SPINNING HUNK POWER INTO RELIEF AID, “Ocean’s Thirteen” will have a June 7 Chicago premiere to support relief efforts in war-torn Darfur. Producer Jerry Weintraub and “Ocean’s Thirteen” stars George Clooney, Brad Pitt, Matt Damon and Don Cheadle will hit Chicago on a three-city tour — L.A. on June 5 and Las Vegas on June 6.
Vanity Fair will host the Chicago premiere. It will include the screening at AMC River East 21, followed by a glitzy party at the new Room 21 restaurant and night club due to open at 2100 S. Wabash. Tickets for the after party start at $500.
STUART BASS, A.C.E. of a recent ACE Eddy winner for his work on “Arrested Development,” and editor of such hit shows as “The Wonder Years” and “Parker Lewis Can’t Lose,” will address the May 23 Chicago Final Cut Pro Users Group.
The L.A. editor will discuss editing techniques used to control the emotional flow, subtext and tone of a story. The meeting starts at 6:15 p.m. at the Adler Planetarium.
SENIOR PRODUCER NATHAN BROWN returns to Chicago to join Critical Mass after a stint at Crispin Porter in Miami. Earlier he’d been at DDB.
DAVE McGOWAN’S 18-year old Ravenswood Media production company has moved into an 800 sq. ft. office in the Fine Arts building to take advantage of “the good synergy downtown.” Working with him are IT expert Mike Brockway and cameraman Jacet Lupina.
Ravenswood Media specializes in nature docs. Current project: A half-hour show for client EnviroVet, an organization that brings veterinary medicine to wild life issues. It will premiere in New York, McGowan says.
PRODUCER RITA LEWIS is hosting a May 25 “Jazz & Blues: Under One Roof” concert at the Tavern Club, featuring jazz vocalist Pippi and Harmonica Master Billy Branch and the Sons of Blues. Ticket is $60 and includes hors d’oeuvres and wine.
WHERE IS CHICAGO on the American marketing landscape, ask Adweek writers Aaron Baar and Noreen O’Leary in a provocative article in the current issue.
New York is the center of the global advertising world. Los Angeles boasts world-class production capabilities. Outposts like San Francisco, Portland, Ore., Minneapolis and Miami lay claim to some of the industry’s best talent.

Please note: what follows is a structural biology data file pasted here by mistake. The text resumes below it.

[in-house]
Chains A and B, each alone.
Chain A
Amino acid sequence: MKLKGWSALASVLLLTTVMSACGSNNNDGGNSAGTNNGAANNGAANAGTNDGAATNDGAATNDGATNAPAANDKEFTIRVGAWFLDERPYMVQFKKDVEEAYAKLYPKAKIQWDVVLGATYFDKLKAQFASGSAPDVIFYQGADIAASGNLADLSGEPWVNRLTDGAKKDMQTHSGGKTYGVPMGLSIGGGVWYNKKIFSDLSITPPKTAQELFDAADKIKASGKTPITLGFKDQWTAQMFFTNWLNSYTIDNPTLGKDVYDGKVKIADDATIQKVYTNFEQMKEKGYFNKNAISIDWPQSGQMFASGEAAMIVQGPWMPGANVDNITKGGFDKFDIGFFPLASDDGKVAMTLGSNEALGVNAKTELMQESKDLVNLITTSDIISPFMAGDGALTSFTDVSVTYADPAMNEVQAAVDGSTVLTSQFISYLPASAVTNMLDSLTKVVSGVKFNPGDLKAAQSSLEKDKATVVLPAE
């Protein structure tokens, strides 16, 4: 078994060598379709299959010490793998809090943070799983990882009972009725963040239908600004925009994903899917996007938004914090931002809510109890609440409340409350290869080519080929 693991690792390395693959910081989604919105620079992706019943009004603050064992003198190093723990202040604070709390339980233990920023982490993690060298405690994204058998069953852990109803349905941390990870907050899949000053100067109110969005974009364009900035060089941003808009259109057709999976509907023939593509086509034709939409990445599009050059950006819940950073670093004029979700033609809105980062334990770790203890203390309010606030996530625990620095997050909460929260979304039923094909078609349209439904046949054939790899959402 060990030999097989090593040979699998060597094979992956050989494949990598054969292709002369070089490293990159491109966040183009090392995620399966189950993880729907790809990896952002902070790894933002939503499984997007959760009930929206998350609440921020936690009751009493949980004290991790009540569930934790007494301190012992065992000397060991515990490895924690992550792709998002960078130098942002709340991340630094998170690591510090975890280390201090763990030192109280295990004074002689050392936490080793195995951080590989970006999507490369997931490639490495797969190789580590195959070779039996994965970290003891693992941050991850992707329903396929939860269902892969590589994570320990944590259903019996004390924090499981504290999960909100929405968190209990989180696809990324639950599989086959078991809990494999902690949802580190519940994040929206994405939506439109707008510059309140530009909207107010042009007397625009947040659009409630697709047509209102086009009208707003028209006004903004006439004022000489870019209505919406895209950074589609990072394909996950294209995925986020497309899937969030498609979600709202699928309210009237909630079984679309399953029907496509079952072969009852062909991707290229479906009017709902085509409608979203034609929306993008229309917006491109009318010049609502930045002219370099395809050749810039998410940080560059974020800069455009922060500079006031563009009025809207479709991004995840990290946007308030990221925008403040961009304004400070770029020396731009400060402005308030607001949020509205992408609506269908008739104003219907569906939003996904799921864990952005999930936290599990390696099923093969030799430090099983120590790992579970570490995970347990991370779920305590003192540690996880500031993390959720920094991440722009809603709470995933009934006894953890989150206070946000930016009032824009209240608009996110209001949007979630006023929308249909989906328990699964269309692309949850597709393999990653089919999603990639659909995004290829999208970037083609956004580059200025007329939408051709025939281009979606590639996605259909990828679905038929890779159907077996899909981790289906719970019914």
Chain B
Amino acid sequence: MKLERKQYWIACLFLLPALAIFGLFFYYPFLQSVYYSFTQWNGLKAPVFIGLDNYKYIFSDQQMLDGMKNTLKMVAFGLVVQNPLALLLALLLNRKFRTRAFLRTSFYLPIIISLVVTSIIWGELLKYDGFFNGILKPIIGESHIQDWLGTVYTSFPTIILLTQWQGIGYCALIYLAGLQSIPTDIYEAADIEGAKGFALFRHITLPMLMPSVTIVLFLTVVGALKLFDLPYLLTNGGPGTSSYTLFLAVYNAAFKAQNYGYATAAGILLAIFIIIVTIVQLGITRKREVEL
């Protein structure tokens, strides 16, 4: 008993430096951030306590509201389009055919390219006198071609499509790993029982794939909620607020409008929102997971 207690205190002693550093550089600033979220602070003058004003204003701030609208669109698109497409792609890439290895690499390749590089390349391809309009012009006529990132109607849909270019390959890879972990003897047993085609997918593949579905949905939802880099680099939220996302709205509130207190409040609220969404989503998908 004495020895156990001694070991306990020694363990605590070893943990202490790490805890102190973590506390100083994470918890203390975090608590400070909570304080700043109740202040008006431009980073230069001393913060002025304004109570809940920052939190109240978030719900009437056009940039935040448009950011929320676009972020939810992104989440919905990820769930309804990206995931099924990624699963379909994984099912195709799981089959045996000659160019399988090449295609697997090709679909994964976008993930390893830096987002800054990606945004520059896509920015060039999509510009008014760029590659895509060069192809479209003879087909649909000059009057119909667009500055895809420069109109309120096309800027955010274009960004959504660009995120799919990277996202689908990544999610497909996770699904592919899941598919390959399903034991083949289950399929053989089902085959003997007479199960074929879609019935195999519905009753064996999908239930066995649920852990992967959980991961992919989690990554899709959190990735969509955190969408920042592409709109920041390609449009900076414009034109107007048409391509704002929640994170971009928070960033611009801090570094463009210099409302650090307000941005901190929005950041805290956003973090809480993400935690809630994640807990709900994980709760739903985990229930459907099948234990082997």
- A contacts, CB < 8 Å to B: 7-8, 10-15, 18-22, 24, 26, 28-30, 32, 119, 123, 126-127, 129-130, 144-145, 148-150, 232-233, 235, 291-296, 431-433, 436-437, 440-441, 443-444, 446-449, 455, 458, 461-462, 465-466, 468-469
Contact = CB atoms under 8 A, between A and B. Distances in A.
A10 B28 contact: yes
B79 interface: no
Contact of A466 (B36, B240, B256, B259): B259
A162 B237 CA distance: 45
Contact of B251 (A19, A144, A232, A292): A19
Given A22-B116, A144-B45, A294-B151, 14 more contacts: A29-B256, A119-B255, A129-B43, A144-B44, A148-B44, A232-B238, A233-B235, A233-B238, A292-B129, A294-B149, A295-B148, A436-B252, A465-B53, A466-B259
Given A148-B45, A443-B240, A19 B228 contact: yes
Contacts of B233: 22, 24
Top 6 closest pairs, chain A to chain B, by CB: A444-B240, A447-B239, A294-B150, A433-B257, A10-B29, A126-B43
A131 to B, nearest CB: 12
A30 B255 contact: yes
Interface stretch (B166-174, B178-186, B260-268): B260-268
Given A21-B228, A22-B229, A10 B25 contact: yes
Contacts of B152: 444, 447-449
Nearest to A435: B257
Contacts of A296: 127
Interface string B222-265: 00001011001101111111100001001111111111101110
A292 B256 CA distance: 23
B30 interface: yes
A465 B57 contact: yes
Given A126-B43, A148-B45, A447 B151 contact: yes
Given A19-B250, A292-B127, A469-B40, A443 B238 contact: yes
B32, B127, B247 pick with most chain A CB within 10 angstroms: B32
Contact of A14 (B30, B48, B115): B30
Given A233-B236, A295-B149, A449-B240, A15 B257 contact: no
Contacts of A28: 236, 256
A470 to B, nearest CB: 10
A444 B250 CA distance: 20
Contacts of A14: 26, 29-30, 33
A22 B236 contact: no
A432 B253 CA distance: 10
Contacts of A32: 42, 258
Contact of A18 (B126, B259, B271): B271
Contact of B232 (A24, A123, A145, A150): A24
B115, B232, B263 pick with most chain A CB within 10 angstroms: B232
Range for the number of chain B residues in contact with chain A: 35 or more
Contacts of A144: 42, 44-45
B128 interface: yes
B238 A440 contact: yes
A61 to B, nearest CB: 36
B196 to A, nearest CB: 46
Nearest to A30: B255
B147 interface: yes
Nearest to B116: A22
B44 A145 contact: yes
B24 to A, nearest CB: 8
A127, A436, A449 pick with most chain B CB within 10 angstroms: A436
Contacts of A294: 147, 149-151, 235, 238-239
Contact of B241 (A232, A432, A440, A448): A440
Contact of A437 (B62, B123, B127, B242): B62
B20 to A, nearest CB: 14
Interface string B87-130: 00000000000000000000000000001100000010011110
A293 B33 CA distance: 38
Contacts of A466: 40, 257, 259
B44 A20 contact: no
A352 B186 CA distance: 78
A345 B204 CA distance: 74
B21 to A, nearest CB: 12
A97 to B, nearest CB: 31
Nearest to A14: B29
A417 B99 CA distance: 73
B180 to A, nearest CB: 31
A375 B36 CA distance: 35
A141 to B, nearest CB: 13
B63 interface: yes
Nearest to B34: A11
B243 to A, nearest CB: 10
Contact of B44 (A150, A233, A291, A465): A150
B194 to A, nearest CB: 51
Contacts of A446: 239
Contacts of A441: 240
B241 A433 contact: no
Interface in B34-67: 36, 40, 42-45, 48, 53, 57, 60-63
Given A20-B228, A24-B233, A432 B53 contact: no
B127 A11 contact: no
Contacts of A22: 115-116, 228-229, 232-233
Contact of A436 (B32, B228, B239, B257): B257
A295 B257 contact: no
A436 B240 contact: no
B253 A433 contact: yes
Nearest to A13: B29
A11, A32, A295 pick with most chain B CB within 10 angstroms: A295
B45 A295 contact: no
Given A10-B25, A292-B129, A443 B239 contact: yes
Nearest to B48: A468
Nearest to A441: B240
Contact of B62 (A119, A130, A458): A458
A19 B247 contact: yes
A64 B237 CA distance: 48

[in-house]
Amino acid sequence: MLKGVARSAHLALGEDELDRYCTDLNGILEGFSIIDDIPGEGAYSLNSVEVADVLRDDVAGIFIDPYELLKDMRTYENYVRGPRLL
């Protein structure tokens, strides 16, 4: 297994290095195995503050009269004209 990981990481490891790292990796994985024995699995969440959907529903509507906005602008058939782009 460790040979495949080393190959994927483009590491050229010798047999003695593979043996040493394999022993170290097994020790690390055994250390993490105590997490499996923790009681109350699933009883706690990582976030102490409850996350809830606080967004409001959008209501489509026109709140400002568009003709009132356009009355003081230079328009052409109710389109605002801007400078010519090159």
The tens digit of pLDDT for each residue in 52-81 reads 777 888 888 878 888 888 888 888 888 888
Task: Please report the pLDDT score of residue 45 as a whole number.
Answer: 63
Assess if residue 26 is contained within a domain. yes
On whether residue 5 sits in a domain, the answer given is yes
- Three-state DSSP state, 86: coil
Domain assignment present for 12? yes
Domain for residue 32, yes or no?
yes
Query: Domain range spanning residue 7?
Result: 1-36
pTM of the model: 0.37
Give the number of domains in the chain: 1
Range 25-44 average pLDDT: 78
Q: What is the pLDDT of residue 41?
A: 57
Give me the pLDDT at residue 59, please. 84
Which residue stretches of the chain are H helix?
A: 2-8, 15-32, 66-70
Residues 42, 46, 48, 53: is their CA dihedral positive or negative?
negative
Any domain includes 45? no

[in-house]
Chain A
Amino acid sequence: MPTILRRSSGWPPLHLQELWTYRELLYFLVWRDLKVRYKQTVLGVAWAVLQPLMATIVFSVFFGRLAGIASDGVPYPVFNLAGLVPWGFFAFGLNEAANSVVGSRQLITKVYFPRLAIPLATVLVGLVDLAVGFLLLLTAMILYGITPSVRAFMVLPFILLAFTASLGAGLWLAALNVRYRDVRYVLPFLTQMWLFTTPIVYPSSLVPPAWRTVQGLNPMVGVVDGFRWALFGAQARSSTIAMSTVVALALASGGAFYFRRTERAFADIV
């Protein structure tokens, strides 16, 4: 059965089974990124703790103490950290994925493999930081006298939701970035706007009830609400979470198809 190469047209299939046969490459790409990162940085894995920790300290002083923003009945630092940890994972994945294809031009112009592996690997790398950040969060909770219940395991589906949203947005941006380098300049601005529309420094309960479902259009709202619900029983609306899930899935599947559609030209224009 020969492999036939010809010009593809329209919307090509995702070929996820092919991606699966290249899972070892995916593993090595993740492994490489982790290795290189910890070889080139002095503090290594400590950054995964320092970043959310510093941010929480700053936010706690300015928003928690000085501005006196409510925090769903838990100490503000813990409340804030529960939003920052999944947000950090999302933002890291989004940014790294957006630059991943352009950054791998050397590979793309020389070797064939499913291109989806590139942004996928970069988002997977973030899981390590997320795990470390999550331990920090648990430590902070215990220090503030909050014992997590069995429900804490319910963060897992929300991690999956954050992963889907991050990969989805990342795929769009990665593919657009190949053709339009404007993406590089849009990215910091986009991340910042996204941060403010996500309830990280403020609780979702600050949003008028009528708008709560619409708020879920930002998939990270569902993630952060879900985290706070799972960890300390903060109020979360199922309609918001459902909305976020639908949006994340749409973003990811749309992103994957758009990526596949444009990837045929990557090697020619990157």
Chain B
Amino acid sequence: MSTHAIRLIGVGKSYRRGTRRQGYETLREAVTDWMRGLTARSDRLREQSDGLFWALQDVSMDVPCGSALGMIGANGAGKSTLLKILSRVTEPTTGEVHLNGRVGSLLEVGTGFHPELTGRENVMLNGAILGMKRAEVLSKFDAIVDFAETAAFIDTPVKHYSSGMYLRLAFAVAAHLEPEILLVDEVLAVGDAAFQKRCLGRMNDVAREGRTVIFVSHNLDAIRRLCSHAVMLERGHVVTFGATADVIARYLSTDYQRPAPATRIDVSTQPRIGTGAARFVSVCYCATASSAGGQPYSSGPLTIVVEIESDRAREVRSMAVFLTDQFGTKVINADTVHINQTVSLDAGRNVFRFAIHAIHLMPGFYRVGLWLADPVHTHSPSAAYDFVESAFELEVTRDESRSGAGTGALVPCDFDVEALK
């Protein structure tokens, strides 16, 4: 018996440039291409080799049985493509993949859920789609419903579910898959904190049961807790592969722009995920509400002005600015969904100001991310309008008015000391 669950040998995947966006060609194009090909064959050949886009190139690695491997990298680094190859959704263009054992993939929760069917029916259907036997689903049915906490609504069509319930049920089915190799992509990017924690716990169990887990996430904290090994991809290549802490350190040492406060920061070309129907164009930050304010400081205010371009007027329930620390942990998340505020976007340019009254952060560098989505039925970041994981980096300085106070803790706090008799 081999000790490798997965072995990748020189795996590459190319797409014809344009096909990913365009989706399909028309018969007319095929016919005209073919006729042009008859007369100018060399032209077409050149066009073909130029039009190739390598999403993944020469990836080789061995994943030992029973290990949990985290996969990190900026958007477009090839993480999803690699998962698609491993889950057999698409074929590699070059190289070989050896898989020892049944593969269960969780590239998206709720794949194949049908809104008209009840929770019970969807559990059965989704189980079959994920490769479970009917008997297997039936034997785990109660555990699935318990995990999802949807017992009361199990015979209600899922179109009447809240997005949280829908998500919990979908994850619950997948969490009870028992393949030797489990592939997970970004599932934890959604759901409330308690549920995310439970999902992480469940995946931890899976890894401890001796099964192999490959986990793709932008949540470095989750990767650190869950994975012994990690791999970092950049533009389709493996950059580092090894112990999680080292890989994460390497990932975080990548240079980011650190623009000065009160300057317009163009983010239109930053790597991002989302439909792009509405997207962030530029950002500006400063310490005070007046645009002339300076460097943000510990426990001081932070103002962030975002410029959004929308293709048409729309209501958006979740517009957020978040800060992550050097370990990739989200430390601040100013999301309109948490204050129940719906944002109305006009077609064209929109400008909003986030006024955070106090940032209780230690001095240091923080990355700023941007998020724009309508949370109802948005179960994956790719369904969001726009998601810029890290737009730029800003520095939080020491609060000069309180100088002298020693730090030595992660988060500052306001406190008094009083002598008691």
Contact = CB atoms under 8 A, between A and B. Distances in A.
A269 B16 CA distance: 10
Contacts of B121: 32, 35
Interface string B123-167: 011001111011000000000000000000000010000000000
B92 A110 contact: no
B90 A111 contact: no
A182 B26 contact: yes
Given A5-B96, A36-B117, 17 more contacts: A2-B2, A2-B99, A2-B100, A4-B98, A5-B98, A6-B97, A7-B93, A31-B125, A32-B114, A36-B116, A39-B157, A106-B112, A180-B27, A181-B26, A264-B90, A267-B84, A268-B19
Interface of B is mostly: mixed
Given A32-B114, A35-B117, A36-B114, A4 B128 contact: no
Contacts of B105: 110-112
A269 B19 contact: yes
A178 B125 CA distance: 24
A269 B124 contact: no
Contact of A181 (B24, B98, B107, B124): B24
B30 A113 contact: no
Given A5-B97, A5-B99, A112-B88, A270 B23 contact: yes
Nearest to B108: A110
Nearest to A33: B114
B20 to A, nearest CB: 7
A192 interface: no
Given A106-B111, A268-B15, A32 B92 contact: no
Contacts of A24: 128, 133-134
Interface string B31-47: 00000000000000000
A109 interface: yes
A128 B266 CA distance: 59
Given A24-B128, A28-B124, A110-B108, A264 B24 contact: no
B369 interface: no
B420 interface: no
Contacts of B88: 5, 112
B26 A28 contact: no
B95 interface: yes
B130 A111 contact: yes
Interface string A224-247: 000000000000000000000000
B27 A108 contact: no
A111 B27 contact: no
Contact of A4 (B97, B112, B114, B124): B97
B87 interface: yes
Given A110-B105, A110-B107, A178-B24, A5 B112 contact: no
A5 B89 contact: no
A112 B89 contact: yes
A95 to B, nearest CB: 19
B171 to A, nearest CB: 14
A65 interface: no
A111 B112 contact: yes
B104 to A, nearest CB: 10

But Chicago’s historic ability to tap into the heartland values of Middle America, most typified in Burnett’s whimsical doughboy fetishism, now seems like an anachronistic throwback.
Agency executives within and outside the city dismiss assertions that it has lost its mojo, noting that the entire industry is going though an upheaval.
“I think the Chicago blahs are just that. This business is always cyclical. San Francisco was dead for almost 10 years, and now it’s hot again,” said consultant Linda Fidelman, ADvice & ADvisors, New York.
“The only real disadvantage I see in Chicago is that there does not seem to be any hot indies, and with the big boys down, there is no talent in development to help turn things around.”
With characteristic Midwestern optimism, Chicago practitioners say all the city needs is some high-profile new business wins and the kind of work capable of generating a “Whassup” beer buzz.
But agency execs admit the city needs to better define, and raise, its profile in the U.S. ad scene, showcasing what the Chicago shops do that others can’t, or won’t. Failing that, even homegrown powerhouses risk marginalization.
With the exception of DDB, “the ideas of Chicago, innovation and creativity are mutually exclusive,” said one New York source at a DDB rival. “The market perception is that the work is dull and workmanlike.”
DDB CCO Bob Scarpelli, a 29-year veteran of the Chicago market, allowed that its reputation is a bit “diminished” at the moment, but believes it’s just a temporary case of doldrums.
“There’s some excellent work being done in Chicago, but just not enough of it. [The community] has to make the commitment to reinvent itself and bring in talent.”
HD EXPO coming up June 6-7 at Navy Pier snagged ASC president Steven Poster to talk about what’s in store for cinematographers and cineimatography on June 7. His topic is “The Collision of Creativity and Technology” as the future unfolds.
FIRST TIME AUTHOR JOSHUA FERRIS’ “Then We Came to the End,” a satirical narrative of office life in a Chicago advertising agency (hmmm, wonder which one it’s modeled on), received universal acclaim from book critics, but ironically it’s hard to find in bookstores.